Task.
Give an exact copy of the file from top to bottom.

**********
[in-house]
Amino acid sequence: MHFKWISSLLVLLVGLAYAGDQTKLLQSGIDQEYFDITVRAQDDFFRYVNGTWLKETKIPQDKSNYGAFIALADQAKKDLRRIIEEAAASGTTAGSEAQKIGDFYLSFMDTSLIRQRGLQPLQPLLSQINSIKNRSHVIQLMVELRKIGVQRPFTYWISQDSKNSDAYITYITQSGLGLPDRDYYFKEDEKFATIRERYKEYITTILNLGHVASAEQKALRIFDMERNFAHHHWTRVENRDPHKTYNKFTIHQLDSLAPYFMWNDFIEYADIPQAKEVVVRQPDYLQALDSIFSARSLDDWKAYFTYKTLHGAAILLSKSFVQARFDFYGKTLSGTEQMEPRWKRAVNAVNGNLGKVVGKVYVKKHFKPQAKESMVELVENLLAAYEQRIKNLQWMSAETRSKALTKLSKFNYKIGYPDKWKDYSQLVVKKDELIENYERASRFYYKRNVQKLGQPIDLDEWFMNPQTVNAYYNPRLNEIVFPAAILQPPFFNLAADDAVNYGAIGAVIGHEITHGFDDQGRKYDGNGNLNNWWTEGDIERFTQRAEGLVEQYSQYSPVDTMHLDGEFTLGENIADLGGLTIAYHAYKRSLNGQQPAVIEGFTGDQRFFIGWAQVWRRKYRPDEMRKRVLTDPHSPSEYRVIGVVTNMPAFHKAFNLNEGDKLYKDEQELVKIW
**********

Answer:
[in-house]
Amino acid sequence: MHFKWISSLLVLLVGLAYAGDQTKLLQSGIDQEYFDITVRAQDDFFRYVNGTWLKETKIPQDKSNYGAFIALADQAKKDLRRIIEEAAASGTTAGSEAQKIGDFYLSFMDTSLIRQRGLQPLQPLLSQINSIKNRSHVIQLMVELRKIGVQRPFTYWISQDSKNSDAYITYITQSGLGLPDRDYYFKEDEKFATIRERYKEYITTILNLGHVASAEQKALRIFDMERNFAHHHWTRVENRDPHKTYNKFTIHQLDSLAPYFMWNDFIEYADIPQAKEVVVRQPDYLQALDSIFSARSLDDWKAYFTYKTLHGAAILLSKSFVQARFDFYGKTLSGTEQMEPRWKRAVNAVNGNLGKVVGKVYVKKHFKPQAKESMVELVENLLAAYEQRIKNLQWMSAETRSKALTKLSKFNYKIGYPDKWKDYSQLVVKKDELIENYERASRFYYKRNVQKLGQPIDLDEWFMNPQTVNAYYNPRLNEIVFPAAILQPPFFNLAADDAVNYGAIGAVIGHEITHGFDDQGRKYDGNGNLNNWWTEGDIERFTQRAEGLVEQYSQYSPVDTMHLDGEFTLGENIADLGGLTIAYHAYKRSLNGQQPAVIEGFTGDQRFFIGWAQVWRRKYRPDEMRKRVLTDPHSPSEYRVIGVVTNMPAFHKAFNLNEGDKLYKDEQELVKIW